| Consulting Senior Manager
From PC support intern to CIO, Dan has been in the technology arena for 30 years and counting. He has programmed applications, architected systems, and designed secure data warehouses for oil & gas, hospitality...Go to Dan's bio page »
According to Info-Tech Research Group Inc., only 54% of business leaders are satisfied with their core IT services, 64% believe that IT must better understand their business needs, and 92% of IT departments claim their IT strategies are less than adequate. Rather bleak numbers.
But there is some positive news: business stakeholders are 3.5 times more likely to be highly satisfied with IT if there is an effective IT strategy in place.
So, why don’t more organizations have an effective IT strategy?
What does an effective IT strategy look like?
- Some may not know how. A great starting point is to align technology investments with business goals. IT should be working on things that matter to the business. And the business should establish measurable goals and clear priorities for IT. Given these performance expectations, an action plan can drive toward delivering what the business actually wants.
- Some may be overly technical. “Techno jargon” can be difficult for the business to comprehend, and an emphasis on people and processes is often lacking. It’s critical for the IT strategy to be a collaborative effort among organizational leaders using easily understood terms.
- Some may be focused on just “keeping the lights on.” A cost center mentality typically leads to a reactive IT shop that merely maintains systems and fights fires. Most businesses are forward thinking and aspirational when it comes to technology. An effective IT strategy turns IT spending into an investment in the business with tangible outcomes.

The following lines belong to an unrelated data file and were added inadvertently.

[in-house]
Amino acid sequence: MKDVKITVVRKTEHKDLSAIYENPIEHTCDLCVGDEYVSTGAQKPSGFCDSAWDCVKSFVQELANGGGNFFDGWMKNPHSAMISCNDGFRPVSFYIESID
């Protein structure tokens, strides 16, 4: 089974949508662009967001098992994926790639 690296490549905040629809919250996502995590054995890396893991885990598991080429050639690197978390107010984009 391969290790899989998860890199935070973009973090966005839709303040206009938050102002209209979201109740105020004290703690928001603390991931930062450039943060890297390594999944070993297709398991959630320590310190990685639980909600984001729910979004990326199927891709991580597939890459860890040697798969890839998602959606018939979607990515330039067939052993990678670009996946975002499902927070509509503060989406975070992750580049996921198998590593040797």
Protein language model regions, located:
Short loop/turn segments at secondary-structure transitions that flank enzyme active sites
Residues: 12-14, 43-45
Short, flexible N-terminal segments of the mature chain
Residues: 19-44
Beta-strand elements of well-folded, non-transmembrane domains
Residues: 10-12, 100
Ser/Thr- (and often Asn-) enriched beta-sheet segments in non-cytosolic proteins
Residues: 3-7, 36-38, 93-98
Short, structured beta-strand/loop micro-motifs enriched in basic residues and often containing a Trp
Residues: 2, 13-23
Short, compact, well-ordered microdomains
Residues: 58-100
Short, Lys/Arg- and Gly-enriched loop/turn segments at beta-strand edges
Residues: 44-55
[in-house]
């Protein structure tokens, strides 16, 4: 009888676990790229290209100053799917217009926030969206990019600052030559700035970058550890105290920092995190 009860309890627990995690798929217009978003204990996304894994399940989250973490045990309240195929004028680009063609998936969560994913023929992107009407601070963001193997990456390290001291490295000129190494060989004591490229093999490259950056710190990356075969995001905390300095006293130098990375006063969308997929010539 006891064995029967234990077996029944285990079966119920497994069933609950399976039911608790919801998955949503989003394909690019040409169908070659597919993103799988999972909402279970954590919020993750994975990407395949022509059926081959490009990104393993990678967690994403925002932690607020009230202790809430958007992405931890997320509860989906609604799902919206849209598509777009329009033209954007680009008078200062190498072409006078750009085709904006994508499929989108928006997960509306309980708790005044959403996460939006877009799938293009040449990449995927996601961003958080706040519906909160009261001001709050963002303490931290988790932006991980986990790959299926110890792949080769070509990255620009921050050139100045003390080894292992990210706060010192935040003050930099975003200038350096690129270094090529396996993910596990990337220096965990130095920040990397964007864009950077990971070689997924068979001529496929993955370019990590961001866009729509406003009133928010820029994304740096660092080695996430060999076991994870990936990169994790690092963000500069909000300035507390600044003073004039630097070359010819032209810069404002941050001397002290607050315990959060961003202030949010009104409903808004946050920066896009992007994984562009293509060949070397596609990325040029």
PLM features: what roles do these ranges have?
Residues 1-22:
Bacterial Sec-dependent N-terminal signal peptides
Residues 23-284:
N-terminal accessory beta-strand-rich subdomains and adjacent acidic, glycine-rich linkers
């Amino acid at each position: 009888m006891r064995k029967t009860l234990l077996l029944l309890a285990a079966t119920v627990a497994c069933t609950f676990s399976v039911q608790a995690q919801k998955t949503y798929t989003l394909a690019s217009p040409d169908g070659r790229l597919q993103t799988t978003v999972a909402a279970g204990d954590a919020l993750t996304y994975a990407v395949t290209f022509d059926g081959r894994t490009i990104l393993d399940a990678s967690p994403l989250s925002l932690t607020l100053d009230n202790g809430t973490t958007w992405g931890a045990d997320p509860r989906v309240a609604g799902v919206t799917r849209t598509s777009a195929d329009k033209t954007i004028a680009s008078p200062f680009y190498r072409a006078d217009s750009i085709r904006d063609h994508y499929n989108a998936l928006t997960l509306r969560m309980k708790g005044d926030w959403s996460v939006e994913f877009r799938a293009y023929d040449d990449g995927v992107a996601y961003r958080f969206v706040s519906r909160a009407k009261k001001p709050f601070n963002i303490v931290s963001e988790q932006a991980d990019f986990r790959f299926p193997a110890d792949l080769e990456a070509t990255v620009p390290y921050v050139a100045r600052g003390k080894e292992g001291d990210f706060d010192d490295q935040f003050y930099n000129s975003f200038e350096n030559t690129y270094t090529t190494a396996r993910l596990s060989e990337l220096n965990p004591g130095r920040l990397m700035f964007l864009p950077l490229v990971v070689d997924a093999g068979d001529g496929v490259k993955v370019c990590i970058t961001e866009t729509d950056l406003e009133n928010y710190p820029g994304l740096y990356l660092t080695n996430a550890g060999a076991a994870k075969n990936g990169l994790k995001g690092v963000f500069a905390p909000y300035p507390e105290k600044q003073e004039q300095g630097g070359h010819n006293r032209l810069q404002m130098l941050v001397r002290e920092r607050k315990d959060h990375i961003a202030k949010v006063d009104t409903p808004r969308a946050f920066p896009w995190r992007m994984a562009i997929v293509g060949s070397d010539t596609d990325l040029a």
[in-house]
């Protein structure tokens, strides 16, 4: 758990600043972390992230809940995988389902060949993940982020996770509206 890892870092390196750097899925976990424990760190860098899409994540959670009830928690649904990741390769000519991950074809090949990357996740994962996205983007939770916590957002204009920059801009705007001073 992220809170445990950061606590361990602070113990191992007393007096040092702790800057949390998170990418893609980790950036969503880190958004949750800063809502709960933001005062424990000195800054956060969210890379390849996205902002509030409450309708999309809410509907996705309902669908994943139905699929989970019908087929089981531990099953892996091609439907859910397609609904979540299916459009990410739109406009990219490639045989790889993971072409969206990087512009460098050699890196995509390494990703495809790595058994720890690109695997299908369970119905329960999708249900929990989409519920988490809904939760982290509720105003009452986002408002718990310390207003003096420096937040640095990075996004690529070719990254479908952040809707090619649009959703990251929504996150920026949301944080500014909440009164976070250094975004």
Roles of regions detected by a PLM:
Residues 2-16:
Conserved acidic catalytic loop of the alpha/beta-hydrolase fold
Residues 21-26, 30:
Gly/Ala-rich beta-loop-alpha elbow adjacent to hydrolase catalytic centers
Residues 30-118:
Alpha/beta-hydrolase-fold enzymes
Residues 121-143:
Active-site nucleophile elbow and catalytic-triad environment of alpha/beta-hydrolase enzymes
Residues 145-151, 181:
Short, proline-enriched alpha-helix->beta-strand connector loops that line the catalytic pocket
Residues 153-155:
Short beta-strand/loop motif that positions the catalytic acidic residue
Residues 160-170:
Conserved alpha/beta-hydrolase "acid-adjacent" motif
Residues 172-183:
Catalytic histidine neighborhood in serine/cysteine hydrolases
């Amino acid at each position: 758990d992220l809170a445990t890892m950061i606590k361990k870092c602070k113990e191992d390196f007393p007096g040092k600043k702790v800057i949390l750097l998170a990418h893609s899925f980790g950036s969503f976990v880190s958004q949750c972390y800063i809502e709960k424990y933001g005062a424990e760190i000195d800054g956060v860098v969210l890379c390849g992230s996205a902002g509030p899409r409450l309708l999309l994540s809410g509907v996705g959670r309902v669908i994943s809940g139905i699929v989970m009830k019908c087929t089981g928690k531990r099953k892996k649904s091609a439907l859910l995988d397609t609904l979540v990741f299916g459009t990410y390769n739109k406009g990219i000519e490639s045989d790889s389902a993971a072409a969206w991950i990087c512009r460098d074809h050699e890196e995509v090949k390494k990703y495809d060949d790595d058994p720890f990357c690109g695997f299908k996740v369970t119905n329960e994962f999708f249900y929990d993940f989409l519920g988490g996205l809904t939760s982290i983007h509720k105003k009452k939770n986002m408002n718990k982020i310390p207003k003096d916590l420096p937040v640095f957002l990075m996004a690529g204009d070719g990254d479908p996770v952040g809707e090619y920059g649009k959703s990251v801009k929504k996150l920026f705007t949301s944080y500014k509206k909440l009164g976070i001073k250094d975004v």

- Some may be trend followers. Technology is full of buzzwords and hype. But technology for technology’s sake is typically an expensive dead end. It may be trendy to move toward cloud computing or social networking, but there needs to be a compelling business driver. Cloud computing is a tactical approach, but the strategic business driver may be agility or responsiveness.
- Some may be resistant to change. Opposite of the trend chaser is the “Department of No.” Shops that cling to legacy systems may be left behind as their competition gains advantage through advanced technology. Effective IT strategy is neither aimless prototyping nor entrenched resistance — it’s putting business goals first and forging a strategic roadmap to get there, which typically involves a tolerable degree of manageable change.
The best IT strategies open with an honest assessment of your current IT situation. Business satisfaction, IT capabilities, technology landscape, and available talent. This is the now. Next is defining
the target state. What does success look like in terms of delivering satisfaction and meeting specific business needs? This is where you want to be. Given the existing current state and ideal future state, what is the strategy or roadmap for getting there? This is the how.
At its core, an effective IT strategy is merely a plan to meet and exceed business expectations. Good plans are revisited and updated periodically, and they also outline anticipated risks, issues, and mitigations. Whether you take on the task internally or seek external assistance, creating and adhering to an IT strategy will greatly increase your likelihood of satisfaction and establish a true business/IT partnership. Let us know if EKS&H can assist.